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Enter the Duke dorm study. It's enrolling up to 800 students who agree to log onto a Web site every day and report if they have any cold- or flu-like symptoms.
Researchers signed up Sean Cadley, a freshman from New York City, when she walked by them already hacking. She admits being enticed in part by $75 in compensation for the pokes and prods of testing.
"I'm getting something out of being sick, which is always nice," said Cadley, a sharp cough still punctuating every few sentences nearly two weeks later.
Cadley, 18, thought nothing of the bug at first, but a fever of 103 hit a few days after the cough and she says she didn't leave her room for two days. Researchers won't say if it was the flu or another virus. But they quickly e-mailed her dorm-mates to say someone in the building was sick, and Cadley's friends raced to volunteer for up to five days of tests -- pocketing $150 each -- to see if they, too, would fall ill.
Beyond the pre-symptom test, the dorm study could shed crucial new light on how flu ripples through communities. Using sophisticated mapping techniques, researchers will tease out social aspects of infection -- how close you must be to the sick to catch their bug, for example. And they may identify hot spots of transmission where they can warn students to take extra precautions.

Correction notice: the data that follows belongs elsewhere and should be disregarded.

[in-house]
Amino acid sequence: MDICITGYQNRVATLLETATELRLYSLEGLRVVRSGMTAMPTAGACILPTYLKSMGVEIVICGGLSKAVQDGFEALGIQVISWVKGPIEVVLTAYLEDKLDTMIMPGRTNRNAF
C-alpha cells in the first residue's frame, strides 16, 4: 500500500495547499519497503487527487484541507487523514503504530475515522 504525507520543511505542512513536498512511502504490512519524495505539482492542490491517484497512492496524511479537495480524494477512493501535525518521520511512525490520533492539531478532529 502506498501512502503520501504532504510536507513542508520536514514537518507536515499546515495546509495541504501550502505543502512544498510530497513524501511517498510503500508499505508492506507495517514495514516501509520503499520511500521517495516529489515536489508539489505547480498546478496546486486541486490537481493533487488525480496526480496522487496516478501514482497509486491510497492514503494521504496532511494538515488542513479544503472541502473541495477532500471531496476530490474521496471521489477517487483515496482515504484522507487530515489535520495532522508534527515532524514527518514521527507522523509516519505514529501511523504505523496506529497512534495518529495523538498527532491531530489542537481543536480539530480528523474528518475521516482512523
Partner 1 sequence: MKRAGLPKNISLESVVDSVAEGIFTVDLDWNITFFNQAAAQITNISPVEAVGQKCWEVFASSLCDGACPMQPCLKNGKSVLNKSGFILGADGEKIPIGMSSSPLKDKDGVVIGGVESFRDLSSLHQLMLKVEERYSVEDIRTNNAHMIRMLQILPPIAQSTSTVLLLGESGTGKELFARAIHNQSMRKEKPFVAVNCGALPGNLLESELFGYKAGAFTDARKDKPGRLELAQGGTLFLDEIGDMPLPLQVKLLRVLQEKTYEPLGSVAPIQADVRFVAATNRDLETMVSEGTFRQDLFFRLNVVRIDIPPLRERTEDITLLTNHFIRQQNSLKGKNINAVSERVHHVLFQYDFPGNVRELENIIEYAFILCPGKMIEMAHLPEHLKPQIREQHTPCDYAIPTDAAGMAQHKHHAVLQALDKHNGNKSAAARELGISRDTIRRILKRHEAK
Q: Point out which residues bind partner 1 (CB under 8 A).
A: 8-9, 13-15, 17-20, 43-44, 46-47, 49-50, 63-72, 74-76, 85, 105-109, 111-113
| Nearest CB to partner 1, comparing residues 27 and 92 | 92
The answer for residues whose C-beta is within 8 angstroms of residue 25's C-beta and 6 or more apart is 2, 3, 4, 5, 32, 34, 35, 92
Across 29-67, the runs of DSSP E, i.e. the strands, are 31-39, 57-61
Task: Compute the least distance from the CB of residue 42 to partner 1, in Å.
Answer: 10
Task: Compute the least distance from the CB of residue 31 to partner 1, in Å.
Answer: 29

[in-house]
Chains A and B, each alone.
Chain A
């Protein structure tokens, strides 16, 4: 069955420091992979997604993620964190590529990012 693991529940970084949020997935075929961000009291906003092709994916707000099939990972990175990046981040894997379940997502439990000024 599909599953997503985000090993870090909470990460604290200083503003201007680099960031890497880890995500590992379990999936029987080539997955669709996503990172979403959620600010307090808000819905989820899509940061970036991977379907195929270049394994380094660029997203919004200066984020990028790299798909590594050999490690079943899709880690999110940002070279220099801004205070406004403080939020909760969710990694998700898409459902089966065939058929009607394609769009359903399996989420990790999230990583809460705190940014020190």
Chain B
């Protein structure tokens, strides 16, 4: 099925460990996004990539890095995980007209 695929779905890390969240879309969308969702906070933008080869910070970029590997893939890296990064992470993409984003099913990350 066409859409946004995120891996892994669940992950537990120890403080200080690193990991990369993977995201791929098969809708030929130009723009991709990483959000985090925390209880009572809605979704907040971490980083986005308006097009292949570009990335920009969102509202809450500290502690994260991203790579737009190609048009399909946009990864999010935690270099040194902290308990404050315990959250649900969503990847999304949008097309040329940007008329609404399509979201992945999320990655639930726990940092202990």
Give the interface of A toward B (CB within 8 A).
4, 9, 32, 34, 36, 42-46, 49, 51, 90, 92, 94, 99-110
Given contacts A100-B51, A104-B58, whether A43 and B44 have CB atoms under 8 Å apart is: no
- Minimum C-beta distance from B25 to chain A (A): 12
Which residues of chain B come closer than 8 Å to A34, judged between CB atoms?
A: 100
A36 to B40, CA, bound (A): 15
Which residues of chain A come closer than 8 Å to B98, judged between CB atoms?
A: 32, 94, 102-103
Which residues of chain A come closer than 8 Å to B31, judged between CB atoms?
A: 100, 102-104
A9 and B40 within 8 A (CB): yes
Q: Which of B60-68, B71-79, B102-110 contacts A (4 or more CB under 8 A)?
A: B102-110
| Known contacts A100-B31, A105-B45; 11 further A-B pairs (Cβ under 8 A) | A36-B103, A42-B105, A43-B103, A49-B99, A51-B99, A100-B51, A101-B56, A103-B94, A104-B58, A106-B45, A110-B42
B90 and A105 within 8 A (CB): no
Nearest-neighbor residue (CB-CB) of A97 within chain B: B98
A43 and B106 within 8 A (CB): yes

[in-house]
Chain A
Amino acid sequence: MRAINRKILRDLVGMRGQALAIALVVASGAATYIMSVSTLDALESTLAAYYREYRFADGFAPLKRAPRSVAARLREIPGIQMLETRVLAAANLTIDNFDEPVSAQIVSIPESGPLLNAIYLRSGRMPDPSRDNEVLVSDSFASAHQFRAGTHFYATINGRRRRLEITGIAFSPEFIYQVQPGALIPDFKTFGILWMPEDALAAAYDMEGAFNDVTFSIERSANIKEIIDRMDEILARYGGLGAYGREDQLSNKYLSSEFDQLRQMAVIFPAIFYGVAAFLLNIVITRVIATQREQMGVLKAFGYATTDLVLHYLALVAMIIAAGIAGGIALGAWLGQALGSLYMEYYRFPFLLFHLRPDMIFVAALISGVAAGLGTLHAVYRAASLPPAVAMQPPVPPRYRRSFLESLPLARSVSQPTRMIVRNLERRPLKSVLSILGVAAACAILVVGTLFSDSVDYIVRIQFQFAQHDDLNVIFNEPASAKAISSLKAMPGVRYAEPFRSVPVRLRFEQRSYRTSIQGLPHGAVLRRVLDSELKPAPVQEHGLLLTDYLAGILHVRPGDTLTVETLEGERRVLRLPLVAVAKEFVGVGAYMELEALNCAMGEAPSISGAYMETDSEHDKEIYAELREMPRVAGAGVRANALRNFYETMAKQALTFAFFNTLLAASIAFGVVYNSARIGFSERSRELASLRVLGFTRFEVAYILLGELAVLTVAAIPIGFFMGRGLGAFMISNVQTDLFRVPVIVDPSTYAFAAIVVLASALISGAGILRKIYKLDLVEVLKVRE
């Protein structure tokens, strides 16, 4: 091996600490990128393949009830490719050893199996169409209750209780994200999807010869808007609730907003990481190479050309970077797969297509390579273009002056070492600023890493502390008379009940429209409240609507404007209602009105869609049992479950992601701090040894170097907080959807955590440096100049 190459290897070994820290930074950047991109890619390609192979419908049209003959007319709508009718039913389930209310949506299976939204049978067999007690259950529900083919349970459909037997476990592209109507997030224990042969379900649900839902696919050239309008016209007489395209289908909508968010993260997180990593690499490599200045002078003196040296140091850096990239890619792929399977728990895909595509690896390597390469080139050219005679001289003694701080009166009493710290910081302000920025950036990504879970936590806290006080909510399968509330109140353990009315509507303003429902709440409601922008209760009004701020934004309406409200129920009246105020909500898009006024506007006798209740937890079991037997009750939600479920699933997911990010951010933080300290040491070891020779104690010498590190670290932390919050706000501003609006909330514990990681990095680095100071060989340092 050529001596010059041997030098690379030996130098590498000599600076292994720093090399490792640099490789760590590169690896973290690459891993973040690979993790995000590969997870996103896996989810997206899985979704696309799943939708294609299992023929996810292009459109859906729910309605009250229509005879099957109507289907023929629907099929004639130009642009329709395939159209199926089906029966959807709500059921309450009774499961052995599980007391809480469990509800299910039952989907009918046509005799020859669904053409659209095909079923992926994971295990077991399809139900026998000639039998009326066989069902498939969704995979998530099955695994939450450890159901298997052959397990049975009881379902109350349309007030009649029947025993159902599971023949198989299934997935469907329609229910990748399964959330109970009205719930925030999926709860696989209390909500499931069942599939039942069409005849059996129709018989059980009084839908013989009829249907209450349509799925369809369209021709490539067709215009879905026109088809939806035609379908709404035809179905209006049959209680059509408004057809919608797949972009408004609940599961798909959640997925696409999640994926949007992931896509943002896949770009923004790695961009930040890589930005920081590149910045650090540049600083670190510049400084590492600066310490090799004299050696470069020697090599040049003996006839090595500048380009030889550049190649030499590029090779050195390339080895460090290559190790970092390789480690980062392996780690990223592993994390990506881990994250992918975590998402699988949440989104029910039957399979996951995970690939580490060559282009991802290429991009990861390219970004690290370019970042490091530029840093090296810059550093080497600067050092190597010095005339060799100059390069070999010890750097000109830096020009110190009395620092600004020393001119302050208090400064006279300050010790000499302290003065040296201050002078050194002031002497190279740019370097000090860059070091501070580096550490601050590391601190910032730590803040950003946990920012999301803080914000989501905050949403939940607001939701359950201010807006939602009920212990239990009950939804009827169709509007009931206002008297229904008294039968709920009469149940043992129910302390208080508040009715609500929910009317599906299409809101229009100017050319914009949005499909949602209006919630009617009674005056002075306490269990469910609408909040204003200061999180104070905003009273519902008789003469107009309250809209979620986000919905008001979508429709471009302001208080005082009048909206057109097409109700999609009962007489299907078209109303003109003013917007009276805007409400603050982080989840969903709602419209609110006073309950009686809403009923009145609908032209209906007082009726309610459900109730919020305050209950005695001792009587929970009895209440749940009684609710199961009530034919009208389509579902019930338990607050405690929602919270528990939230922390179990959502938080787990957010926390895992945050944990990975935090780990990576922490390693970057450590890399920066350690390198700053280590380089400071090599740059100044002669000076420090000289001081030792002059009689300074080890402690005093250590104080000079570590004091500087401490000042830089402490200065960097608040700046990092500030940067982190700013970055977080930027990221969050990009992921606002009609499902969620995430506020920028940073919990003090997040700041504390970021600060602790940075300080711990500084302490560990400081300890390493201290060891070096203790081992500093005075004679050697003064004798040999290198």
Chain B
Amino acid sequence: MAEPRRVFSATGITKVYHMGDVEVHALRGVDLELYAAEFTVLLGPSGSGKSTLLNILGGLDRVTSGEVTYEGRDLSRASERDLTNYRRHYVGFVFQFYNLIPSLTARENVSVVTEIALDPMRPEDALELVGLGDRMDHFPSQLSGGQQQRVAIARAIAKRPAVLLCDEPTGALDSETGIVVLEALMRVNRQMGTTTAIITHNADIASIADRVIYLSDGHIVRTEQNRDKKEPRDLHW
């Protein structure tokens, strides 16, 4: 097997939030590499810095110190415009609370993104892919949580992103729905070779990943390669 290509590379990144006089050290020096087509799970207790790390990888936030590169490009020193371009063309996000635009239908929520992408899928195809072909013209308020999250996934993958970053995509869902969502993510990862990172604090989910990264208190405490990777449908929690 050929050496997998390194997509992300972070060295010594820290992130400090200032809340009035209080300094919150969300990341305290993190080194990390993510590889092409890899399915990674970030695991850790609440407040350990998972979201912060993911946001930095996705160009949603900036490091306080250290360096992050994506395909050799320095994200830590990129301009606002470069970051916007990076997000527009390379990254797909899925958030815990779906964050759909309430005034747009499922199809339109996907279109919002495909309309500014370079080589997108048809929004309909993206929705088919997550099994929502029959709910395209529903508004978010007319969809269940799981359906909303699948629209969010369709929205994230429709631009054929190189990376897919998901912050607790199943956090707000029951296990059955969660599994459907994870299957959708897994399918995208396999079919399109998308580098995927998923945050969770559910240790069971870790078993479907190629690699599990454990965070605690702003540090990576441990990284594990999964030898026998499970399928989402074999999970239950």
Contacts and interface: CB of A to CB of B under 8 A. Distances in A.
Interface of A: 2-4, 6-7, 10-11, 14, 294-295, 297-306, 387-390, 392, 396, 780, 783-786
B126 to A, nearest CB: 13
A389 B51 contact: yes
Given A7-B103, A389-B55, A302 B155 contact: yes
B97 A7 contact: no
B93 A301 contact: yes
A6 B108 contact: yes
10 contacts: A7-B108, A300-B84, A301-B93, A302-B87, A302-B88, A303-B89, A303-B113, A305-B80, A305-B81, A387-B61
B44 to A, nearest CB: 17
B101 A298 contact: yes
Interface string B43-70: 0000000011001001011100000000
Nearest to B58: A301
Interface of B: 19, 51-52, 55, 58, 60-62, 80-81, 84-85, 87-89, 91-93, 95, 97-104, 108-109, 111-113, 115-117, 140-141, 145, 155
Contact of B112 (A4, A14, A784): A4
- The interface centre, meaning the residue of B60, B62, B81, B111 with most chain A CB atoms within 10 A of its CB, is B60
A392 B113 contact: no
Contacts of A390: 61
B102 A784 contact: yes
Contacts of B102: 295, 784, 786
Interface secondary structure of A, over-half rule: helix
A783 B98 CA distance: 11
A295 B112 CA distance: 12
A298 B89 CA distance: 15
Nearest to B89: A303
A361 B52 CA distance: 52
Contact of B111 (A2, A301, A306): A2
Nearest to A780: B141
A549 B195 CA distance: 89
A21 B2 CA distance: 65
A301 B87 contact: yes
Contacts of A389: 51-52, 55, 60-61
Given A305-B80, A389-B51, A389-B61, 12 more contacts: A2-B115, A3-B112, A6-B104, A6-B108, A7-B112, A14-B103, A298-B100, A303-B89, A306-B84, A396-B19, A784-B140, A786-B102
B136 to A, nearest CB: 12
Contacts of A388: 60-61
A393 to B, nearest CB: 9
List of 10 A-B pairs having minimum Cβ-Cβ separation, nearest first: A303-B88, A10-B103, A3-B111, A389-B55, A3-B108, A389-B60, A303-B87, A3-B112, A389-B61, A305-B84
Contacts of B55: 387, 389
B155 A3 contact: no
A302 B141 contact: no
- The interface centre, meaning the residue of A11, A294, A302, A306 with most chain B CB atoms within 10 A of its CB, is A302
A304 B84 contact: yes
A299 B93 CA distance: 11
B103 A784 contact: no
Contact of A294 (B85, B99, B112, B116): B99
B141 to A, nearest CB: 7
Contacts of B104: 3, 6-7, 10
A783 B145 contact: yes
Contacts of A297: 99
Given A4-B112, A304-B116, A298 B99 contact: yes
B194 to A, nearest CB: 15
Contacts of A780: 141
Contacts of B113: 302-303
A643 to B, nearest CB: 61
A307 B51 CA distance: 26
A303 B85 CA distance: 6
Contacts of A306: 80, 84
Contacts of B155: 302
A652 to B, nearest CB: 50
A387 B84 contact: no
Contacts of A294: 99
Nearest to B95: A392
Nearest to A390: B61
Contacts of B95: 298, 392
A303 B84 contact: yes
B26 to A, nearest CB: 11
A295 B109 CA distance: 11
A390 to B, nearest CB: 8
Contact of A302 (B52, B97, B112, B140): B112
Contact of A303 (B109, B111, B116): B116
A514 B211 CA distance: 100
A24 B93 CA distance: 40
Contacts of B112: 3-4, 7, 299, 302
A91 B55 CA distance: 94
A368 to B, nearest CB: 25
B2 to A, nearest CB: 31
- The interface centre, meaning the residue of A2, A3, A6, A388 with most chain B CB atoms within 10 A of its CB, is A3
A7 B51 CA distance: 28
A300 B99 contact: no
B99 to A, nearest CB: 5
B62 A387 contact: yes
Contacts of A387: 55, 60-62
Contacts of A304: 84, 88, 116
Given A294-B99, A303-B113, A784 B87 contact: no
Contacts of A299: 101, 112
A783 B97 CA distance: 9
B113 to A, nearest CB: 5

If the study pans out, the Defense agency's Ling hopes to seek Food and Drug Administration approval for a pre-symptom test within two years, aimed at crowded quarters like the military, colleges, nursing homes, even hospital intensive care units.
To Ginsburg, the work is only the beginning. He envisions catching deadly bacterial or fungal infections far earlier in vulnerable people like organ transplant recipients, or even a day when there's a treatment for the common cold -- should you detect it early enough.
"Infectious disease is ripe for this," Ginsburg says.
Lauran Neergaard covers health and medical issues for The Associated Press in Washington.
Copyright 2009 The Associated Press. All rights reserved. This material may not be published, broadcast, rewritten or redistributed.
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